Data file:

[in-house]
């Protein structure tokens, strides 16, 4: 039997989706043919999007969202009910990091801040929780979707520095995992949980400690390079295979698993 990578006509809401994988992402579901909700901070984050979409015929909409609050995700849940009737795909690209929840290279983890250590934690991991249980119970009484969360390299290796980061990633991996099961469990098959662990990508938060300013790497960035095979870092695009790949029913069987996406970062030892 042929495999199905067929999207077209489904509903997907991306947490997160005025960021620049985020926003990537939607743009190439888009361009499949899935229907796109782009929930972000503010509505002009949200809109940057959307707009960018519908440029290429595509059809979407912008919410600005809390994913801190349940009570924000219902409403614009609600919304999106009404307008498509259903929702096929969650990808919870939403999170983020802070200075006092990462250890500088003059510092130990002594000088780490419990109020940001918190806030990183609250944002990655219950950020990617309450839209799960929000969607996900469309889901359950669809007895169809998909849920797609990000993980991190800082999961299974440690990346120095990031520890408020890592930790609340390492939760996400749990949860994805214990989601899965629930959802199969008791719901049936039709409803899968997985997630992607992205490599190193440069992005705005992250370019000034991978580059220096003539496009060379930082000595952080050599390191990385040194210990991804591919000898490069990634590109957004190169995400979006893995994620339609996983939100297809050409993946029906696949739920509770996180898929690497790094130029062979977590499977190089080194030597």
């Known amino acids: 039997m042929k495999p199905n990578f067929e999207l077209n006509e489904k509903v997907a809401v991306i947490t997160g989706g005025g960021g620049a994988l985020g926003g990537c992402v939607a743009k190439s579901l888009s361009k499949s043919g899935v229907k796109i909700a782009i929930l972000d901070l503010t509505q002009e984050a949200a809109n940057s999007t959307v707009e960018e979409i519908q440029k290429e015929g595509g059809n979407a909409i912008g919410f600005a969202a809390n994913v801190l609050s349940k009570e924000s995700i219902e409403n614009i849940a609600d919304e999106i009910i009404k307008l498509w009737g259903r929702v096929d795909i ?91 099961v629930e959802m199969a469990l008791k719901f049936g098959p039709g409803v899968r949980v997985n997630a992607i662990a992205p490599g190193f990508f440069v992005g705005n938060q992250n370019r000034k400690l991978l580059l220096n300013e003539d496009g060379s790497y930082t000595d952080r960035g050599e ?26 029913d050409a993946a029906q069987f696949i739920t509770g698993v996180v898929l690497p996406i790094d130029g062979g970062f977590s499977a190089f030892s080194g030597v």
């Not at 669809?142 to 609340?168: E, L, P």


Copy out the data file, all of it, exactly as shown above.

[in-house]
């Protein structure tokens, strides 16, 4: 039997989706043919999007969202009910990091801040929780979707520095995992949980400690390079295979698993 990578006509809401994988992402579901909700901070984050979409015929909409609050995700849940009737795909690209929840290279983890250590934690991991249980119970009484969360390299290796980061990633991996099961469990098959662990990508938060300013790497960035095979870092695009790949029913069987996406970062030892 042929495999199905067929999207077209489904509903997907991306947490997160005025960021620049985020926003990537939607743009190439888009361009499949899935229907796109782009929930972000503010509505002009949200809109940057959307707009960018519908440029290429595509059809979407912008919410600005809390994913801190349940009570924000219902409403614009609600919304999106009404307008498509259903929702096929969650990808919870939403999170983020802070200075006092990462250890500088003059510092130990002594000088780490419990109020940001918190806030990183609250944002990655219950950020990617309450839209799960929000969607996900469309889901359950669809007895169809998909849920797609990000993980991190800082999961299974440690990346120095990031520890408020890592930790609340390492939760996400749990949860994805214990989601899965629930959802199969008791719901049936039709409803899968997985997630992607992205490599190193440069992005705005992250370019000034991978580059220096003539496009060379930082000595952080050599390191990385040194210990991804591919000898490069990634590109957004190169995400979006893995994620339609996983939100297809050409993946029906696949739920509770996180898929690497790094130029062979977590499977190089080194030597």
């Known amino acids: 039997m042929k495999p199905n990578f067929e999207l077209n006509e489904k509903v997907a809401v991306i947490t997160g989706g005025g960021g620049a994988l985020g926003g990537c992402v939607a743009k190439s579901l888009s361009k499949s043919g899935v229907k796109i909700a782009i929930l972000d901070l503010t509505q002009e984050a949200a809109n940057s999007t959307v707009e960018e979409i519908q440029k290429e015929g595509g059809n979407a909409i912008g919410f600005a969202a809390n994913v801190l609050s349940k009570e924000s995700i219902e409403n614009i849940a609600d919304e999106i009910i009404k307008l498509w009737g259903r929702v096929d795909i ?91 099961v629930e959802m199969a469990l008791k719901f049936g098959p039709g409803v899968r949980v997985n997630a992607i662990a992205p490599g190193f990508f440069v992005g705005n938060q992250n370019r000034k400690l991978l580059l220096n300013e003539d496009g060379s790497y930082t000595d952080r960035g050599e ?26 029913d050409a993946a029906q069987f696949i739920t509770g698993v996180v898929l690497p996406i790094d130029g062979g970062f977590s499977a190089f030892s080194g030597v």
């Not at 669809?142 to 609340?168: E, L, P």